The guy in the thick of it
It was his senior year at Stanford University, and all-American tight end Cory Booker was struggling to maintain a Division I football career while earning grades high enough to get into graduate school. A cerebral political science major with an idealistic bent, he was grounded enough to say that football was his ticket, not his destination. It's what had gotten him to this elite university in California in the first place. But then he had four catches against Notre Dame--and suddenly he was flirting with going pro.
At the same time, Booker was running a crisis counseling hotline in East Palo Alto. A client threatened to jump off a building, Booker intervened, and he had what he describes as an epiphany. "I remember having this profound conversation on the side of the ledge about why he shouldn't jump, and it was almost like a gift to me," Booker recalls. "I'll never forget the power I felt when he touched hands for me to pull him over. And at that moment, I realized, 'What am I doing? I don't want to be a football player. I want to get back to the business of making connections with people through my work.'"
It's a theme that seems to run through Booker's life. With a Rhodes Scholarship, a degree from Yale University School of Law, a commanding 6-foot-3-inch build, and a smile that invites everyone else to respond in kind, Booker, 36, has enjoyed opportunities that most African-American men--indeed, most men--can only imagine: chances at national appointments, offers from white-shoe law firms and investment banks. And yet time and again, events have returned him to what he says is his calling: public service. "I don't think there is anything more noble about my choice," Booker says. "We do what we know; we do what we love. And I love being in the thick of it."
Right now being in the thick of it means running for mayor of Newark, N.J., a once thriving manufacturing town that despite considerable recent investment has never quite recovered from the devastating riots of the 1960s and the white flight that followed.The downtown may have a sleek new performing arts center and a minor league baseball stadium, but the much-ballyhooed Newark renaissance has conspicuously bypassed neighborhoods like the South Ward, a crime-plagued swath of rundown homes and shuttered stores in a city of 12 percent unemployment.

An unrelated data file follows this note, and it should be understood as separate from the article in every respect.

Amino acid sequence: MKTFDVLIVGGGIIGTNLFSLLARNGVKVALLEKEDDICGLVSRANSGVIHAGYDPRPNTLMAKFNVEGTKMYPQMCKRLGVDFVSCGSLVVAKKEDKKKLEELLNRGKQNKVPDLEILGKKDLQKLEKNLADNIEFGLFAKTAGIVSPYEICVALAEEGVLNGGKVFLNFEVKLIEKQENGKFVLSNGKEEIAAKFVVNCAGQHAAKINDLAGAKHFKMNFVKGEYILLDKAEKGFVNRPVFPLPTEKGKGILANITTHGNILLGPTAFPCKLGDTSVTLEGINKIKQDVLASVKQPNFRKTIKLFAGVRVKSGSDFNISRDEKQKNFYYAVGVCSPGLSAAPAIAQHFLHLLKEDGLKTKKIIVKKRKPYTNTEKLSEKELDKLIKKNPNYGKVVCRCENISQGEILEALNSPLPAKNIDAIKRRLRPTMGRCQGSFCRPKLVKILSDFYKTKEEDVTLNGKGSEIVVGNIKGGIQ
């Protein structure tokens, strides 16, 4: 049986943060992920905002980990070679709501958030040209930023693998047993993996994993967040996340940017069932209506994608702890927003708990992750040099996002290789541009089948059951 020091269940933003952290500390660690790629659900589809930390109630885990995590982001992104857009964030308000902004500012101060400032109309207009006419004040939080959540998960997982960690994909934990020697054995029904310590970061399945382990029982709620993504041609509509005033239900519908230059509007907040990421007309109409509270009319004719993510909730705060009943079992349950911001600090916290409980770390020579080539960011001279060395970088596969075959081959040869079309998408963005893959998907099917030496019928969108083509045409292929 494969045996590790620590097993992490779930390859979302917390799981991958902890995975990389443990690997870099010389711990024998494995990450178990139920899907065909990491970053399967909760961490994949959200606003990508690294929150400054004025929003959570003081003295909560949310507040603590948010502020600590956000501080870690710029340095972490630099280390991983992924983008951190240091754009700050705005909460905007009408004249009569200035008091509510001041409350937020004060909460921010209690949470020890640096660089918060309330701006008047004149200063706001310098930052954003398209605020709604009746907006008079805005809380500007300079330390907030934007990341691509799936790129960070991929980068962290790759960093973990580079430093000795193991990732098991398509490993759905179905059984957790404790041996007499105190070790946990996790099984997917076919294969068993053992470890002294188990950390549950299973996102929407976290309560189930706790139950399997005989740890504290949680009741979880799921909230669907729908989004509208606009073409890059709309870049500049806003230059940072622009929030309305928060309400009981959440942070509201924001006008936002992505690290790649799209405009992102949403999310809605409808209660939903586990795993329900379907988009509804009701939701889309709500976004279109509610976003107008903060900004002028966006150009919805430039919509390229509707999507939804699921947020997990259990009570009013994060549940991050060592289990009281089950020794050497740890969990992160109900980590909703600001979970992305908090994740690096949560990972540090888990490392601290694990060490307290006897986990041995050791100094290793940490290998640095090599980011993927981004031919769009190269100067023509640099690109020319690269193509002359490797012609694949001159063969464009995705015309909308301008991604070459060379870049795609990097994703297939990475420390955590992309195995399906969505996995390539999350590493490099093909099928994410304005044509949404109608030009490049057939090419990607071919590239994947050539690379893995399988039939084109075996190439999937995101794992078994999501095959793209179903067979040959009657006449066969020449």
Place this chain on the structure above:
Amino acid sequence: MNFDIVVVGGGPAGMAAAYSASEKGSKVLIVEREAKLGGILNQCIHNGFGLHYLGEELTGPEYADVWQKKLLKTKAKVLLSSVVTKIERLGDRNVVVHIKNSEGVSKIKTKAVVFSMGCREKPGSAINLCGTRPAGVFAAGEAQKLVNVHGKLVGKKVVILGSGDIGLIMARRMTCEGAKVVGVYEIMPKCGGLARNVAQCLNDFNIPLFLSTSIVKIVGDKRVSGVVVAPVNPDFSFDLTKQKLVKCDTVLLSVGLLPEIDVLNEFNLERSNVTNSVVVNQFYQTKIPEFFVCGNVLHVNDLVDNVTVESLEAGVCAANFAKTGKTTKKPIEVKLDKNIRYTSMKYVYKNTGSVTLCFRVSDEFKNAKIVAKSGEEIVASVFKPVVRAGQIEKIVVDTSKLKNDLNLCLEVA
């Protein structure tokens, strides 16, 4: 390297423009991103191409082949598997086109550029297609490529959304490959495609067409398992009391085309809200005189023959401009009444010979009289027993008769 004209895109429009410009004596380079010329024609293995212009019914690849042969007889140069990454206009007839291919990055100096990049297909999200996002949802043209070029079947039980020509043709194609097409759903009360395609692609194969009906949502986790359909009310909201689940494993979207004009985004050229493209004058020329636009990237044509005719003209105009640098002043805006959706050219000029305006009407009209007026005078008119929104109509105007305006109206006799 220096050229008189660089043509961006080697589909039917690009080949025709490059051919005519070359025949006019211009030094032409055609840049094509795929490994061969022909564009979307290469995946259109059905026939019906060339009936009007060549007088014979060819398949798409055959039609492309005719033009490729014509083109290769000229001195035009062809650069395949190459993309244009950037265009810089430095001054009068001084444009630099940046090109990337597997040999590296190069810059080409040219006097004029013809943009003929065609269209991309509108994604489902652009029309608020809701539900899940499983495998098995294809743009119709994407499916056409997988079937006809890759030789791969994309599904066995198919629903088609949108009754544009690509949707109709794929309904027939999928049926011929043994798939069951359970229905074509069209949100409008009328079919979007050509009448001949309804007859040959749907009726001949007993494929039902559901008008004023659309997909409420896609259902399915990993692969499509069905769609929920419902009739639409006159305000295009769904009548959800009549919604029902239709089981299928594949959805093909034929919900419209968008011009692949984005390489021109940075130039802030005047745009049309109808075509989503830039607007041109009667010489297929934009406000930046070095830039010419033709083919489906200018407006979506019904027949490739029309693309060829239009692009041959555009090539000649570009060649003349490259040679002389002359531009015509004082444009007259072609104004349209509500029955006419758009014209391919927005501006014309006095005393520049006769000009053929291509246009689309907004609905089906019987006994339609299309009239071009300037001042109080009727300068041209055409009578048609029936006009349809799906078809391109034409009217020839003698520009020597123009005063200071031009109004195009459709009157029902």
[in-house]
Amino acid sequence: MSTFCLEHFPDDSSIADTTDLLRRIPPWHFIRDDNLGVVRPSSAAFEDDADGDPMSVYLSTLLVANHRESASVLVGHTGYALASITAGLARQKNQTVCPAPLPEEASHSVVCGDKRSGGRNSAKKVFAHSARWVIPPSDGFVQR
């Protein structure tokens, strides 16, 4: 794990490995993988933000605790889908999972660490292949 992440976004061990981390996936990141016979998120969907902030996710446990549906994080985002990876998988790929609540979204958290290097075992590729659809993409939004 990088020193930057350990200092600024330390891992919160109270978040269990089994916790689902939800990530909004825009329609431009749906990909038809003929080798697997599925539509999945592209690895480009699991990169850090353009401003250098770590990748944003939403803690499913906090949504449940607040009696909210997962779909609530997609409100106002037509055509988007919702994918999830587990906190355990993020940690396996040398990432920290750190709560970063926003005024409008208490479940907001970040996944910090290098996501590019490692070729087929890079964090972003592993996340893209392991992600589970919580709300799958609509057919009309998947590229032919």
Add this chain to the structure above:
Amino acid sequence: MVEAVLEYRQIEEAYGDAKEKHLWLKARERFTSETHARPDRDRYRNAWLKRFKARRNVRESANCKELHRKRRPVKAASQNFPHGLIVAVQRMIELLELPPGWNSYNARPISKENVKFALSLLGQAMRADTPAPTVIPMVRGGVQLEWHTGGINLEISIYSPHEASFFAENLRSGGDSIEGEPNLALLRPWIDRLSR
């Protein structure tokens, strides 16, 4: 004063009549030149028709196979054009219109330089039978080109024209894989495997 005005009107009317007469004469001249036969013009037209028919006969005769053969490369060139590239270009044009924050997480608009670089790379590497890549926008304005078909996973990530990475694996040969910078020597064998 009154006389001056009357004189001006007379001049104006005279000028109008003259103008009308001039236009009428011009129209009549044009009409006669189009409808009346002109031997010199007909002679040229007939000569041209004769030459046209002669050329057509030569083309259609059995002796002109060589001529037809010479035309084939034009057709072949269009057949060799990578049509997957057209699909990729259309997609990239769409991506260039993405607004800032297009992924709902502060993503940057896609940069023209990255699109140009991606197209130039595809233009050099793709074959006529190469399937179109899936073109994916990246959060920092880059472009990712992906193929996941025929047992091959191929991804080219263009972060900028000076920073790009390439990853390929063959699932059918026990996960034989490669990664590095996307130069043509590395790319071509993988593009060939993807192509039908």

At least this is Booker's argument as he pursues his second, and most likely successful, effort to reshape Newark politics. Four years ago, he narrowly lost to 16-year incumbent Sharpe James in a nasty contest made famous by the Oscar-nominated documentary Street Fight. James, 70, emerged as the quintessential machine politician, awash in patronage; Booker was the overeducated carpetbagger who wasn't "black enough" to understand the plight of the people he aimed to serve.
Inside out. This time, with James having dropped out of the race, Booker is the man to beat. And tonight, speaking to voters at his South Ward headquarters, he is treated not as a newcomer but as a native son. The residents have problems; Booker has solutions: He'll put more cops on the street; he'll enforce curfews; he'll give teenagers alternatives to joining gangs; he'll clean up city hall and make it more responsive to constituent concerns. Surely, there are easier promises to keep. But in Booker's eyes, Newark and other troubled cities are "the last frontier of the American dream."
His leadership style has been called "post-racial," but Booker's worldview has been deeply informed by the civil rights background of his parents. Both IBM executives and social activists, they dragged Booker and his brother to rallies and forced a redlining issue by having a white couple pose as them when they looked for houses in the all-white suburbs. "The stories I would hear from my parents were often of the ugliest pictures of America," Booker says, "but my parents raised me to believe that I had to be a part of this unfolding story, and that the best way to do that was to be a part of the struggle."
Politics was not, at first, part of the equation. "I had a lot of negative energy toward politicians," Booker admits. "So many people are involved in politics because they are looking for position instead of purpose. And for me, the purpose came first and the politics in many ways is serving that." The purpose was to start a nonprofit corporation aimed at supporting tenants' rights. To understand the tenants better, Booker took up residence on the top floor of Brick Towers, a graffiti-splattered public housing project where he lives to this day. When he moved in, the sidewalk was an open-air drug bazaar. Booker's first challenge was to get the city to do something about it.
He led tenants in a letter-writing campaign, then took the management company to court. Soon, the project had police protection. In 1998, urged on by tenants, Booker reluctantly ran for a City Council seat, upsetting a 16-year incumbent and becoming the council's lone vote on a number of controversial issues.